Then Max Payne, the game equivalent to The Punisher + Ultraviolet ( comic, not movie ) and they haven’t added any of what the game was famous for. Bullet time / Pain killers / terribly bloody battles. All they’re doing is making Constantine again, except his family is dead.

    I think they need to stop making video game movies because they’re ruining good VG storylines.

    Rev

  16. Reverend: Heyyyy (Sorry, NASCAR doesn’t have one. )… then again, that is hard to defend against.

    The only thing I can come up with for NASCAR (BESIDES Days of Thunder) is the development of a driver, from their perspective from lesser series to the main series… personal sacrifice and gain type thing… but it would be hard to patch several years into a movie, with all the nuances needed to make it interesting. Unless there’s a love affair and the car hits an iceberg and … oh, wait, wrong movie.

  17. I just hope in Max Payne that Wahlberg isn’t still trying to outrun the wind.

    Geesh, The Happening was a horrid, horrid movie.

  18. Half-Life movie!!!

  19. id love to see more video-game films.
    just less uwe boll video game movies blood rayne was sweet but alone in the dark could have not sucked as bad.
    POSTAL was funny. and i loved that he got the cat-silencer .
    that kiked @$$.

  20. They should make a movie based on the Iron Man game that was based on the movie. They can call it Iron Man the Movie the Game, lol, j/k

    You know, with the depth of the characters in the Half Life games since HL2, it would be pretty interesting to make a movie, but it would have to be pretty high budget due to all of the alien stuff, so it might be a big gamble. Perhaps the first movie would be focused on the more grounded stuff like the Combine and other things that might not be too expensive, then if that does well and the film companies have confidence in a sequel, they can then move on to the bigger things like the Striders and Hunters and taking down the Citadel and other things like that. Would be interesting I think.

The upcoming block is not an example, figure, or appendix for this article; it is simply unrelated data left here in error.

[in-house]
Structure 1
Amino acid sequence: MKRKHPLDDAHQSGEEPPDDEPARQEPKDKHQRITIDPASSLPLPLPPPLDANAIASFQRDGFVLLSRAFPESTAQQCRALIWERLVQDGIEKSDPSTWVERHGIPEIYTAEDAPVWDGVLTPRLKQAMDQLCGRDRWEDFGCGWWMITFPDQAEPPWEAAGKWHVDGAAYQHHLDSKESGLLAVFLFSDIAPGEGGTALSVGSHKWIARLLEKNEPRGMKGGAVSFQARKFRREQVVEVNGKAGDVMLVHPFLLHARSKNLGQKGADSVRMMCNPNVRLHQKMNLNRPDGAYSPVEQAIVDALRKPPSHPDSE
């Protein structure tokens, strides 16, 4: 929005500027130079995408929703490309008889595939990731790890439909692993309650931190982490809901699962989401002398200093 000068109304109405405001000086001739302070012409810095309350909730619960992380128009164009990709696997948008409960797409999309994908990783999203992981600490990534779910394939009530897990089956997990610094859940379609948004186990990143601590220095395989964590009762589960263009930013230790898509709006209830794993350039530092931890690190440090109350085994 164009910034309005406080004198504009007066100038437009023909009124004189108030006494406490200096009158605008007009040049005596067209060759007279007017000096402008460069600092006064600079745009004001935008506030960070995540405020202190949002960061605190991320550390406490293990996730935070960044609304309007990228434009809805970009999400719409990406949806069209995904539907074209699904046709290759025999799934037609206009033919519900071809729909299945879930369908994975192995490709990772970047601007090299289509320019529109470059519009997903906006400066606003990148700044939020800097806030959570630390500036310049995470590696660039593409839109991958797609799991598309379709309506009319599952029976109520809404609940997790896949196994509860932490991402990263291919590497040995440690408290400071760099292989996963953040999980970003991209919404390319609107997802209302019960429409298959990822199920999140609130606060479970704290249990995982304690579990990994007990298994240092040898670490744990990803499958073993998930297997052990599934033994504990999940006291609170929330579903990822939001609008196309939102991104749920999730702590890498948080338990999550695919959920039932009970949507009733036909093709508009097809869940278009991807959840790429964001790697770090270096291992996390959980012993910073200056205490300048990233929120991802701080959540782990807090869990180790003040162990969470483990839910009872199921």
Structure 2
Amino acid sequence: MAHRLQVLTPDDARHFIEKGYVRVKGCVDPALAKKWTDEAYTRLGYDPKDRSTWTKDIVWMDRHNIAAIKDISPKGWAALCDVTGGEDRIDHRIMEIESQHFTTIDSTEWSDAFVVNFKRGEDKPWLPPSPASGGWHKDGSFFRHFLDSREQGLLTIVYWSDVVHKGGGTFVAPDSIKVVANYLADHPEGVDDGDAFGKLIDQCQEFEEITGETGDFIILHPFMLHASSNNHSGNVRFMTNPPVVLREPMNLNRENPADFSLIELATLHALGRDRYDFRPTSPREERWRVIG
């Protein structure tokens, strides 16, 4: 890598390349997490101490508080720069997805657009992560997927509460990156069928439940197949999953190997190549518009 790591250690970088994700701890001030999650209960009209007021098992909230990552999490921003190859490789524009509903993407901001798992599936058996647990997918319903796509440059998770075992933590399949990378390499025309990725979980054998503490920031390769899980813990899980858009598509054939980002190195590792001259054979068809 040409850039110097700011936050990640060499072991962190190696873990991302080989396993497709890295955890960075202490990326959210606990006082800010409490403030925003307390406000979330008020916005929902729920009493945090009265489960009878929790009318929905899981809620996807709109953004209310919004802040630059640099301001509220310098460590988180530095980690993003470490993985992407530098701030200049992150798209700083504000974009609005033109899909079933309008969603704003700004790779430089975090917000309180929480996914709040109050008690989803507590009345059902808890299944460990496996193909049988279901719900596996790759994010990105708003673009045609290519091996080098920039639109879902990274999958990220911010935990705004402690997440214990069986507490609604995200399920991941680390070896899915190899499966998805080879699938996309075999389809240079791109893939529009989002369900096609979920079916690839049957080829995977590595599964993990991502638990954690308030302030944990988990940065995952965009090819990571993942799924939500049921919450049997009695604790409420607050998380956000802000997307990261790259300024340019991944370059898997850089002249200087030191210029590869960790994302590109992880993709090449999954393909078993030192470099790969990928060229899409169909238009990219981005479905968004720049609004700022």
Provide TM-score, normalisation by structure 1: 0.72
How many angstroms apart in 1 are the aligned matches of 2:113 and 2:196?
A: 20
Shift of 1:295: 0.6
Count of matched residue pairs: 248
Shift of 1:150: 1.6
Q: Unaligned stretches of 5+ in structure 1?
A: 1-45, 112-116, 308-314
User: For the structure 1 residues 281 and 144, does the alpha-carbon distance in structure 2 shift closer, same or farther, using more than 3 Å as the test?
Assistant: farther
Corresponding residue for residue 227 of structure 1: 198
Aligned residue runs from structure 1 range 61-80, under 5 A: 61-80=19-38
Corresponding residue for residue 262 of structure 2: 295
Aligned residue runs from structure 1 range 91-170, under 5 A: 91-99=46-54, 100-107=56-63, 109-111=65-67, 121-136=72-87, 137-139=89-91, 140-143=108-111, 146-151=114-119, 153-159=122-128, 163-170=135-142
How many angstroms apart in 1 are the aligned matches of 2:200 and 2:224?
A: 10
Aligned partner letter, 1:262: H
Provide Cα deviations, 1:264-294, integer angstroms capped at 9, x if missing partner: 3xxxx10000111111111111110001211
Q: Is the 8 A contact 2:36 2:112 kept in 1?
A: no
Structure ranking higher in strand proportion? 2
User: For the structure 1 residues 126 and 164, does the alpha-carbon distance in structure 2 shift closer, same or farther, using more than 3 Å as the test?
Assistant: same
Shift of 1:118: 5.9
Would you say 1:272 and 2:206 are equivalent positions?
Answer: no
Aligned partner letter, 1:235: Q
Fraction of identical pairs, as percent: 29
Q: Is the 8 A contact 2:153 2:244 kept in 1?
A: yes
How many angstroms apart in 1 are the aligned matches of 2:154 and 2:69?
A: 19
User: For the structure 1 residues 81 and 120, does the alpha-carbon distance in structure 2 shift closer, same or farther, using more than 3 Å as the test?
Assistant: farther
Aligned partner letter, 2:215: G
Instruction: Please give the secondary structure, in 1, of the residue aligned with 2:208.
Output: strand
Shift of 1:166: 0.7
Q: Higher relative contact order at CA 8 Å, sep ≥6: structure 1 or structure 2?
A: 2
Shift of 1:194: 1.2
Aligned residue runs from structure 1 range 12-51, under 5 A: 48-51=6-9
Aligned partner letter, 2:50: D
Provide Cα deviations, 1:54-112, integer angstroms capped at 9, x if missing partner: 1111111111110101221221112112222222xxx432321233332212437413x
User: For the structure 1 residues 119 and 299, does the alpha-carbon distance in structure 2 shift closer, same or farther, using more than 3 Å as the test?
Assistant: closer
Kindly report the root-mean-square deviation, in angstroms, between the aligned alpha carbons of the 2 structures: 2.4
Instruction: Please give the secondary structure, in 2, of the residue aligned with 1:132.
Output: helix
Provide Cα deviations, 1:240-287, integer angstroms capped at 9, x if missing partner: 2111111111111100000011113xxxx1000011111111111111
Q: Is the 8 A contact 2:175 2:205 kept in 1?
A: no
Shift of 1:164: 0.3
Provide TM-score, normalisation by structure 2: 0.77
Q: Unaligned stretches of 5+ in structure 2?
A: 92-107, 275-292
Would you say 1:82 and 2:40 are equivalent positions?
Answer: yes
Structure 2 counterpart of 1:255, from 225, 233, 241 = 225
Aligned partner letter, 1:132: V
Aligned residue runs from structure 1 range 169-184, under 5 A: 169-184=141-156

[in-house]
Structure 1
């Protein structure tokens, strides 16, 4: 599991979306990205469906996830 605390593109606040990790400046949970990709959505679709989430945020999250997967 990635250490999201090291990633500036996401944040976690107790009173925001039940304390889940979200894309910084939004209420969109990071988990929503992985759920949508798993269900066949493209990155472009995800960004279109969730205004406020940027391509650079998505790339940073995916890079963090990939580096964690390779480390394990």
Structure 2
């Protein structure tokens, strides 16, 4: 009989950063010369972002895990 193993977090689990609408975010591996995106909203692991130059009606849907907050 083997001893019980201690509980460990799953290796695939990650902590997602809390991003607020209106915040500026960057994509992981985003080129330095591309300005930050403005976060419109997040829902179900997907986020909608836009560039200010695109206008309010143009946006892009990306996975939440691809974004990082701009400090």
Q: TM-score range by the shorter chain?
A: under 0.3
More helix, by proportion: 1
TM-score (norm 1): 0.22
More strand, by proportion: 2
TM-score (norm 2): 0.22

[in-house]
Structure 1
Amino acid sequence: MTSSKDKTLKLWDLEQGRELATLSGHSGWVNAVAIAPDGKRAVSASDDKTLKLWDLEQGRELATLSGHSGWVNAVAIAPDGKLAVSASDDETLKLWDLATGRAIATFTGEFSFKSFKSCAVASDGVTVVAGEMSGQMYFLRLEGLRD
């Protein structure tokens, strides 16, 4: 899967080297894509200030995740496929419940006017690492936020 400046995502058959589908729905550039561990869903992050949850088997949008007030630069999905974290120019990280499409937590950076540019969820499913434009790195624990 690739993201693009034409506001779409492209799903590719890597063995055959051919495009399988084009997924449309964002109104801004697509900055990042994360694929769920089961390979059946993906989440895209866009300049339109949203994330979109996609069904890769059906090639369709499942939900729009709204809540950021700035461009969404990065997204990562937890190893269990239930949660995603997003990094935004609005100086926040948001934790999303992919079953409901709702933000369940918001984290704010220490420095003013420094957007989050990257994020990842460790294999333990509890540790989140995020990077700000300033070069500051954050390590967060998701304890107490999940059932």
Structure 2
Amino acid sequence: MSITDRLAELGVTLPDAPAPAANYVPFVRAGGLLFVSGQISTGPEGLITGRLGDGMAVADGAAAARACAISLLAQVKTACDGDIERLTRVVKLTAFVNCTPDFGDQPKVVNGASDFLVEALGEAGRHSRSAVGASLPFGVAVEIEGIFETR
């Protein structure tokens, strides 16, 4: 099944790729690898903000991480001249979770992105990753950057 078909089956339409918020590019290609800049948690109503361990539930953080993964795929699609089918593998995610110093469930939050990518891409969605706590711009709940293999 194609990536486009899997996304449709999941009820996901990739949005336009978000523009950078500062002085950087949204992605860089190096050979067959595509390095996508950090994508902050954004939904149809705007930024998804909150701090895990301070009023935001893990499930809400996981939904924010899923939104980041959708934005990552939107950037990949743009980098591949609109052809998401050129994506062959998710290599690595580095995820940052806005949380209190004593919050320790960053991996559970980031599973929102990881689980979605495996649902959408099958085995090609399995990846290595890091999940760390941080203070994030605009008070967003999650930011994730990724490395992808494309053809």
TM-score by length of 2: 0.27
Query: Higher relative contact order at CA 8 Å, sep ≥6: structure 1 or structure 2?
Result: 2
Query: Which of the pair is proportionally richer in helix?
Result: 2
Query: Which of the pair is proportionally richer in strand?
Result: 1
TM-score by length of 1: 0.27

21. Thing is: a video game has 10 hours, 20, even 40+ hours to flesh out the story.

    A film as 2

  22. Not really Rob, the story parts of games are usually only about a minute at a time, then it’s the exploring and action that you control. Movies allow for a lot more depth into story than video games in my opinion. If as much “character” time was in a game, kids will get bored of watching the characters talk and would probably skip it if they can to get to the next set of action. Movies are the complete opposite. If they have an action sequence that lasts over 30 minutes, everyone will get tired of it and most will consider it a space filler. The only time I remember this happening and I liked it was the ending of The Kingdom. That was some crazy stuff.

    Most first person shooters are 20-30 hours long, and the majority of that are player controlled and will have very limited character development. Most of that happens in cut scenes.

    An obvious exception to that rule is Half Life 2, where you NEVER see anything outside of Gordon’s eyes and all of the character development happens in real time around you. And of course, there is ZERO character development for Gordon since he NEVER speaks and they did this on purpose. They didn’t want to risk him saying something the player could not relate to, so they make him almost a mute so you, the player, can insert your own idea for a response to any given situation, and can assume that’s what the character is thinking. You also never miss a single minute of anything Gordon experiences. One game ends with Gordon passing out, another begins with him waking up. You, the player, experiences every waking moment of Gordon’s. I think it is a very interesting approach. I can’t wait for Episode III…